This is another possible follow-up to activity 7 in the module Introduction to the International Classroom, especially for participants who are not completing the full EQUiiP programme.
The purpose of this activity is to give participants a chance to discuss a case with their peers – a case (a dilemma or an issue) that they have encountered in their own local contexts, and to which they are seeking viable solutions. Secondly, the purpose is to use the Good Practice Principles (activity 7) to identify and explain the issue and to resolve it.
At the end of the activity, participants should be able to apply the Good Practice Principles as a framework for discussing the prerequisites for successful teaching and learning in the international classroom.
- Participants are asked (as preparation or on the spot) to present their own case.
- In their small groups, participants are asked to take turns presenting their cases and receiving criteria-based feedback from their peers. The facilitator decides the extent to which criteria are to be grounded in the Good Practice Principles. The facilitator observes the discussions in the groups.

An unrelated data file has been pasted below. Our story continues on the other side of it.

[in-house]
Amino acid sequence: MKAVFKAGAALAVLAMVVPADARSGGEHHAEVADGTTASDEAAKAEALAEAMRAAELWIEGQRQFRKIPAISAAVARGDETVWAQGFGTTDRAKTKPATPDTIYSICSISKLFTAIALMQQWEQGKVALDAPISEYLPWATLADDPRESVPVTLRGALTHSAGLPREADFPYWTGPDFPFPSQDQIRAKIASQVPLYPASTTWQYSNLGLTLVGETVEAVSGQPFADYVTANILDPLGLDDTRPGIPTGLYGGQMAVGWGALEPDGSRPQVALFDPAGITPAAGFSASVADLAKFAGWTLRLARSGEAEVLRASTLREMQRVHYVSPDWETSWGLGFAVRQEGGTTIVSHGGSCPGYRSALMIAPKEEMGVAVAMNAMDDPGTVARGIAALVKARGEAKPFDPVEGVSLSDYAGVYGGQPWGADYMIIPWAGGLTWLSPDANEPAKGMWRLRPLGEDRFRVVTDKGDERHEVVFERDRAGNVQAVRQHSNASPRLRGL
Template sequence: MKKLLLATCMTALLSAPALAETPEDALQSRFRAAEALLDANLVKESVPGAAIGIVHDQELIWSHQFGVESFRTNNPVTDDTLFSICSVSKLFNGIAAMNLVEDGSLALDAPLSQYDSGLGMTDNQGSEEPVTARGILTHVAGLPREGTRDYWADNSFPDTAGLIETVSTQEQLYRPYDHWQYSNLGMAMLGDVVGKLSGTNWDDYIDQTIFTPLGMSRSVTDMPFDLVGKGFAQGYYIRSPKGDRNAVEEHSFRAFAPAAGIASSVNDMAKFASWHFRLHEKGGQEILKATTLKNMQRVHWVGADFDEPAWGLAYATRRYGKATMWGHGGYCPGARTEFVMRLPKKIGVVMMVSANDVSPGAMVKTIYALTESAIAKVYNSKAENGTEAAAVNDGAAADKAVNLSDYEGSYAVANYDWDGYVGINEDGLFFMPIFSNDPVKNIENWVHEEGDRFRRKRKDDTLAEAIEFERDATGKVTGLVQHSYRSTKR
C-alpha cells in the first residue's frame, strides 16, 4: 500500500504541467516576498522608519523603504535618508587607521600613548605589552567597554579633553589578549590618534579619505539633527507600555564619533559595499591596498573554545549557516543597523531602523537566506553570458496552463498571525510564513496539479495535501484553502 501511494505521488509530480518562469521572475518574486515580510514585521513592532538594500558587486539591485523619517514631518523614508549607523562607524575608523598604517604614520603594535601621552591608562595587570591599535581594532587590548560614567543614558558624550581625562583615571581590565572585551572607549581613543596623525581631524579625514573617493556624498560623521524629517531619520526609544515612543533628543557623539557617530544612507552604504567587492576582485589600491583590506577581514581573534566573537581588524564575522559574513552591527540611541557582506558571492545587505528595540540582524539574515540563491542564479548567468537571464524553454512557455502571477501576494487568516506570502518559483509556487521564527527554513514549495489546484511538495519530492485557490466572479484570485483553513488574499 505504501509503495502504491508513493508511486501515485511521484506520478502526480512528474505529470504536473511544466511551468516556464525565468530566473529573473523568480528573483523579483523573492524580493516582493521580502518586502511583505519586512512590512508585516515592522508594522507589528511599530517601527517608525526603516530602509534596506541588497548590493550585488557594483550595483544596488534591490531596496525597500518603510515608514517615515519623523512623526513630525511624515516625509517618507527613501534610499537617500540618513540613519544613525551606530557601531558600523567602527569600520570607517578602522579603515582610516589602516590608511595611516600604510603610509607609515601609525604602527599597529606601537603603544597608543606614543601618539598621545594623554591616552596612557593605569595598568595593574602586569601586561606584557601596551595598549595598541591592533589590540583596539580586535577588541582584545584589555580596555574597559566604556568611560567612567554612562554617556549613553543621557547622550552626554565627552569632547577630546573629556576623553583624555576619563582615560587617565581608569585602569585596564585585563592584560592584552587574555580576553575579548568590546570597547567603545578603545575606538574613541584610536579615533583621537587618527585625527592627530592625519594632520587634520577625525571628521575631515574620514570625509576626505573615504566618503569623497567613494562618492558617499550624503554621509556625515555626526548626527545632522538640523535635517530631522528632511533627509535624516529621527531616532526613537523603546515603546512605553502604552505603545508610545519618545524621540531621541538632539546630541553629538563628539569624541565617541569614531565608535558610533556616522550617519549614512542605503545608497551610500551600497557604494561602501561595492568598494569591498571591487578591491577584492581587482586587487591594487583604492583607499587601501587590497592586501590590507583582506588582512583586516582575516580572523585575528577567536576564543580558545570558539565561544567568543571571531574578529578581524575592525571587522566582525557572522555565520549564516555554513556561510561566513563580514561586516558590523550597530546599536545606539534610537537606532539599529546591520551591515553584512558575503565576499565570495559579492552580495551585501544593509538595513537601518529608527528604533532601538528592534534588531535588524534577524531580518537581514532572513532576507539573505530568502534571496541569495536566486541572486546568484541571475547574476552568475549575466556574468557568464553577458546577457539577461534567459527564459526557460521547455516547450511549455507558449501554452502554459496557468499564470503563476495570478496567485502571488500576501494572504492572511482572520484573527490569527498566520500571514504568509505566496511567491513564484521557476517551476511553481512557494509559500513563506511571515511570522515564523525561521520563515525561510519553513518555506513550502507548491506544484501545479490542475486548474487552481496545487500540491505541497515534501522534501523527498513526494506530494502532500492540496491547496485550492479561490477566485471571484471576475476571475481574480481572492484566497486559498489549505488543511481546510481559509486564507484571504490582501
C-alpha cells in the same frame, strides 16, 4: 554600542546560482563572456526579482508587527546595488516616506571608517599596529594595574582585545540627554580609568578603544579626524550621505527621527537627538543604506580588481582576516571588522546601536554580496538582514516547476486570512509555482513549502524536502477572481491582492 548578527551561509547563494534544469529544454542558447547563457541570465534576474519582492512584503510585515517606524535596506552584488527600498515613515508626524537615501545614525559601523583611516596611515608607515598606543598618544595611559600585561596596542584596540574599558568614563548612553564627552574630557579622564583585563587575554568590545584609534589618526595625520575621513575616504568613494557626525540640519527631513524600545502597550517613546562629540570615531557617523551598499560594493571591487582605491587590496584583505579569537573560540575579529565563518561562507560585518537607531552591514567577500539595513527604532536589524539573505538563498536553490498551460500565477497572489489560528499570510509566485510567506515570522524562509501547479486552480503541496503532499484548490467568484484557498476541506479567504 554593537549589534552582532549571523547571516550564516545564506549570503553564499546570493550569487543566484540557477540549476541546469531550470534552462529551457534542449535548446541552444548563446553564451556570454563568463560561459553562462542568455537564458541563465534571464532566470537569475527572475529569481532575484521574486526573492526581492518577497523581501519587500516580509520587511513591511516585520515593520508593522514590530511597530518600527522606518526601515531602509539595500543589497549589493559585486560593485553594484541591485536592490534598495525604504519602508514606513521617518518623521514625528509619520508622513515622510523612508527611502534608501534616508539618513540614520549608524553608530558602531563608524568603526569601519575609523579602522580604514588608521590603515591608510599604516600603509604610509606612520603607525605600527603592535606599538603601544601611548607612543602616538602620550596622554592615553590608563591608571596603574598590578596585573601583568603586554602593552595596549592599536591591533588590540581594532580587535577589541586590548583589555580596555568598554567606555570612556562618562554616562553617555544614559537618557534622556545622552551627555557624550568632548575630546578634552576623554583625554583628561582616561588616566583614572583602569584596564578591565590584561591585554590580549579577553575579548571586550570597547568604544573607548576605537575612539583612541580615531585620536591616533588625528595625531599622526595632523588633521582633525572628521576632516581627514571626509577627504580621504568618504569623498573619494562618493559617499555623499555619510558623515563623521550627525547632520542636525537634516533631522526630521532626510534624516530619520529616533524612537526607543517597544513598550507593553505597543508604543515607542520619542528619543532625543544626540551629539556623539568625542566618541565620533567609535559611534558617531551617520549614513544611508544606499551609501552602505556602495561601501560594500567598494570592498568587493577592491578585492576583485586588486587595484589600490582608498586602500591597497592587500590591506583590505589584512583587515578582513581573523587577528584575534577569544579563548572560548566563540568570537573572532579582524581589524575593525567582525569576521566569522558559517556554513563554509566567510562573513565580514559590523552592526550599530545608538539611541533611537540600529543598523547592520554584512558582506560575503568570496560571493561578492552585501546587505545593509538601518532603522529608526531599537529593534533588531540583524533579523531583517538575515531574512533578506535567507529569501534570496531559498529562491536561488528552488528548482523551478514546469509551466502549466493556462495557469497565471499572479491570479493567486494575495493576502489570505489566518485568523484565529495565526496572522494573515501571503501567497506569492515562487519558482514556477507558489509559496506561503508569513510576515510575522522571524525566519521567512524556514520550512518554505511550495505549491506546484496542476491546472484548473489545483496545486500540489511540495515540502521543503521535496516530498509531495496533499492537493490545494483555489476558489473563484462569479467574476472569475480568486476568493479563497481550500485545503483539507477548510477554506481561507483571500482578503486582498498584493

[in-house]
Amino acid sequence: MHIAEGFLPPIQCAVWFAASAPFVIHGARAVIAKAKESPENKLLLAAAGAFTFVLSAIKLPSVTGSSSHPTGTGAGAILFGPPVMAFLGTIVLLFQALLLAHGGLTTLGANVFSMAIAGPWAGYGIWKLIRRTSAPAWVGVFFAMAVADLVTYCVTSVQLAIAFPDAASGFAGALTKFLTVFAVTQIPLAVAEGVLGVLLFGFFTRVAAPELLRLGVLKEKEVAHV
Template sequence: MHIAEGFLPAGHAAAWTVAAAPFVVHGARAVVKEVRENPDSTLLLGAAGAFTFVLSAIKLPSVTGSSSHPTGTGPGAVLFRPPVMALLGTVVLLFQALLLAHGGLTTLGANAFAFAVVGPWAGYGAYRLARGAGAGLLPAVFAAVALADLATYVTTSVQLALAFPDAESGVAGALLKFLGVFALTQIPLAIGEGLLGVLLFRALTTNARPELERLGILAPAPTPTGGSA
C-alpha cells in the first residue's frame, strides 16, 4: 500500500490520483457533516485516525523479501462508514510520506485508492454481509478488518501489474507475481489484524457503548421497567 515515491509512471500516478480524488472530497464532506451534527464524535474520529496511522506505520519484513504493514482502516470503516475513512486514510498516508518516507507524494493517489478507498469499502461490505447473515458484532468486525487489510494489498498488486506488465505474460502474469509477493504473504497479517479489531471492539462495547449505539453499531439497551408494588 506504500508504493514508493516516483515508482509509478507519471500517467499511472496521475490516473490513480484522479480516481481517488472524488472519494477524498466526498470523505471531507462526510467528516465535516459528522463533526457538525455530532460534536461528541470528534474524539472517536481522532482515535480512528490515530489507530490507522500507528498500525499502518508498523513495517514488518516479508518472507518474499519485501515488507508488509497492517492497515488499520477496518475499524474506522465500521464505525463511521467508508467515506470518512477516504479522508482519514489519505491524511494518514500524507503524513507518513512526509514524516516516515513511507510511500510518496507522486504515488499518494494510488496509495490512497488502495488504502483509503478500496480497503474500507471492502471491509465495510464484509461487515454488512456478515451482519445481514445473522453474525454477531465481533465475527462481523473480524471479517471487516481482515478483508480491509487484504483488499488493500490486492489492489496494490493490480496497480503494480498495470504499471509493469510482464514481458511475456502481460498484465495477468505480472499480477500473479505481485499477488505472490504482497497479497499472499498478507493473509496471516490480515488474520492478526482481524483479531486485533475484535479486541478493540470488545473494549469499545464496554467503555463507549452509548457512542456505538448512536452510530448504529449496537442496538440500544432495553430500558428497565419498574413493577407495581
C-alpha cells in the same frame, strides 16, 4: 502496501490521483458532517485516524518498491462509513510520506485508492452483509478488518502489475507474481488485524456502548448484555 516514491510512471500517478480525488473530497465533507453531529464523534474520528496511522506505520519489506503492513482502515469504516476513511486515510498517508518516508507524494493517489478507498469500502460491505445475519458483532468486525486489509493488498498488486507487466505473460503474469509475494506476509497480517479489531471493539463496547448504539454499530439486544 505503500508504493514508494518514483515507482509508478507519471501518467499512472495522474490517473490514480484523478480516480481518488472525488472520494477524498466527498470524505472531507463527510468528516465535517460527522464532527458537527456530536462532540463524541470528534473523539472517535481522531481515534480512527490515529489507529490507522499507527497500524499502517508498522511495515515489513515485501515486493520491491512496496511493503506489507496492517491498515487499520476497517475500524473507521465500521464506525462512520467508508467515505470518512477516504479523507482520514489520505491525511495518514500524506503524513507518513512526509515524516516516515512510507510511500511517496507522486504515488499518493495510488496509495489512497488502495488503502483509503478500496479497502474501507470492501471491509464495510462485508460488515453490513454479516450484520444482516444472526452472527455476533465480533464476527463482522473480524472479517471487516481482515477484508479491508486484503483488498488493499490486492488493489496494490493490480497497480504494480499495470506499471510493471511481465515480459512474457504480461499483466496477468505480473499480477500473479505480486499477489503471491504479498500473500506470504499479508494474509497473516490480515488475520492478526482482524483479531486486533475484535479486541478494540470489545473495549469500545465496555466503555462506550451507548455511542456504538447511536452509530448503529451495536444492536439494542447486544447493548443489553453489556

- The facilitator invites (a few) groups to present one case and the solution(s) discussed. Questions and comments from the large group.
- The facilitator wraps up the activity and invites participants to take a moment to consider and write down their main take-away messages from this activity.
20 minutes for the discussions in the small groups, and 15-20 minutes for the reporting and debriefing in the large group. Altogether a 45 minute session.
As an alternative to having participants identify their own cases, a set of (relevant) dilemmas may be presented to the groups (beforehand or on the spot). Each group could be asked to focus on one dilemma in particular during their small group discussions, with the same number of dilemmas as there are small groups in the cohort.
This variation might be especially beneficial in groups with less experience. If there are participants with no prior knowledge and experience, they should be paired (or grouped) with more experienced colleagues if/when possible.
The discussions can take place in pairs or small groups.
As an alternative to the procedure described above, reflective processes like those presented in the module on Feedback and Reflective Processes may be used.